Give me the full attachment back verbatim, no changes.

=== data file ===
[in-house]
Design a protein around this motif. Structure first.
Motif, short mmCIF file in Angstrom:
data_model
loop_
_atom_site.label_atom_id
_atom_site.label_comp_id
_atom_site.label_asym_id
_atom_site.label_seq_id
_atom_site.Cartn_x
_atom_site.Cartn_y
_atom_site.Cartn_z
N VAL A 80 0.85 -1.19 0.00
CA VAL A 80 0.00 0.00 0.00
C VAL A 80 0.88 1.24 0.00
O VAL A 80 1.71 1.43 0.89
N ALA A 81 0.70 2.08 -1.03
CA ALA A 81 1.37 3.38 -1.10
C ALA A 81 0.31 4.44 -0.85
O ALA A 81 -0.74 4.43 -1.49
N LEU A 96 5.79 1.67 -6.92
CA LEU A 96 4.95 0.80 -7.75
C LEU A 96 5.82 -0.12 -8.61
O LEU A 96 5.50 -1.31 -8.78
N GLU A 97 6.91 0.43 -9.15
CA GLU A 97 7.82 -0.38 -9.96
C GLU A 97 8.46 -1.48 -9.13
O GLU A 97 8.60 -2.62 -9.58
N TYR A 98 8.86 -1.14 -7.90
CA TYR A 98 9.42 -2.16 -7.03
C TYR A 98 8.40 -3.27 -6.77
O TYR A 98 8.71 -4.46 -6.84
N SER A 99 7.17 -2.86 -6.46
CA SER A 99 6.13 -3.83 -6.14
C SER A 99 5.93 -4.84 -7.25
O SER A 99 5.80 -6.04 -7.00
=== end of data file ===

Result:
[in-house]
Design a protein around this motif. Structure first.
Motif, short mmCIF file in Angstrom:
data_model
loop_
_atom_site.label_atom_id
_atom_site.label_comp_id
_atom_site.label_asym_id
_atom_site.label_seq_id
_atom_site.Cartn_x
_atom_site.Cartn_y
_atom_site.Cartn_z
N VAL A 80 0.85 -1.19 0.00
CA VAL A 80 0.00 0.00 0.00
C VAL A 80 0.88 1.24 0.00
O VAL A 80 1.71 1.43 0.89
N ALA A 81 0.70 2.08 -1.03
CA ALA A 81 1.37 3.38 -1.10
C ALA A 81 0.31 4.44 -0.85
O ALA A 81 -0.74 4.43 -1.49
N LEU A 96 5.79 1.67 -6.92
CA LEU A 96 4.95 0.80 -7.75
C LEU A 96 5.82 -0.12 -8.61
O LEU A 96 5.50 -1.31 -8.78
N GLU A 97 6.91 0.43 -9.15
CA GLU A 97 7.82 -0.38 -9.96
C GLU A 97 8.46 -1.48 -9.13
O GLU A 97 8.60 -2.62 -9.58
N TYR A 98 8.86 -1.14 -7.90
CA TYR A 98 9.42 -2.16 -7.03
C TYR A 98 8.40 -3.27 -6.77
O TYR A 98 8.71 -4.46 -6.84
N SER A 99 7.17 -2.86 -6.46
CA SER A 99 6.13 -3.83 -6.14
C SER A 99 5.93 -4.84 -7.25
O SER A 99 5.80 -6.04 -7.00